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Wednesday, 8 September 2010

A Statement of Intent

China's Special Economic Zones (SEZ) have been in the news alot recently, with Shenzhen marking the 30th anniversary of its SEZ status on Monday (see an earlier post on this blog). This week (from Monday to Thursday) sees Xiamen SEZ play host to the Second World Investment Forum of the United Nations Conference on Trade and Development (UNCTAD), where top political, business and organisational leaders are meeting to discuss the theme of “Investing in Sustainable Development”.

On Tuesday, the second day of the meeting, Chinese Vice-President Xi Jinping gave a keynote speech to delegates explaining China's current economic development and its plans for the future, with the translation being posted on the Xinhua website on the evening of the same day. In his statistic-heavy speech, Xi's speech emphasised the merits of China's 'opening-up' economic strategy of the last 3 decades, referring to it as a “win-win”. According to the Vice-President, China received 90 billion US dollars worth of foreign investment in 2009, with foreign enterprises now providing for 45 million of the country's jobs. In addition, it is the continued aim of the PRC to encourage further investment by foreign countries, through the promotion of a fair and open market and investment environment.

Xi Jinping's speech can be seen as a reflection of the Hu Jintao generation's attitudes to economic strategy. Unsurprisingly, it featured a reference to the current 'hot' political theme of scientific development, and emphasis the support at the top of the CCP for Deng Xiaoping's principle of “socialism with Chinese characteristics”. However, with Xi also picked out by many people to be most likely person to succeed Hu Jintao when he steps down in 2013, Tuesday's address can also be interpreted as a statement of intent aimed to convey to top members of the Party his vision for China's future.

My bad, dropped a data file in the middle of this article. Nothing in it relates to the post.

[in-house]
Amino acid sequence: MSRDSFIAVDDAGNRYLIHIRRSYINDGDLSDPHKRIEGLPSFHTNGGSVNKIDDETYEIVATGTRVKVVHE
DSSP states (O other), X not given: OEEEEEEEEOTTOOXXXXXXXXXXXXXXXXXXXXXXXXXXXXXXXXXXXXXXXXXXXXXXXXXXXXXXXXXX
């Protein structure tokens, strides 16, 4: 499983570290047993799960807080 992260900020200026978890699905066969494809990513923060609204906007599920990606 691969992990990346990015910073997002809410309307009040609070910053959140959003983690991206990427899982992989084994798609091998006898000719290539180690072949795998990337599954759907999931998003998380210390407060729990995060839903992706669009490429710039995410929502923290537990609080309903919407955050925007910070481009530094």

From the content of the speech, Xi appears to be in favour of the continuation of the post-Mao policy of 'opening-up'. However, the Vice-President also commented that China is “now in a new phase of reform and opening-up", with his aspirations for the PRC's economic future being focused on a programme of balanced development across the country as whole. Xi's commitment to furthering economic reforms will undoubtedly please the more liberal socialists in the CCP (much of the top leadership included), but in raising the issue of inequality amongst China's regions Xi is looking to carve out an approach to development unique to himself. Deng Xiaoping is remembered for the SEZs, Hu Jintao for the idea of scientific development, and by the looks of it Xi Jinping sees it as his mission to bring China's central and western provinces up the economic level of their southern and coastal counterparts. Whether or not this ambition will be realised will much depend on the outcome of the next Party Congress in 2 years time. Yet, for now, this speech cannot have harmed Xi's chances of securing the top job in Chinese politics.

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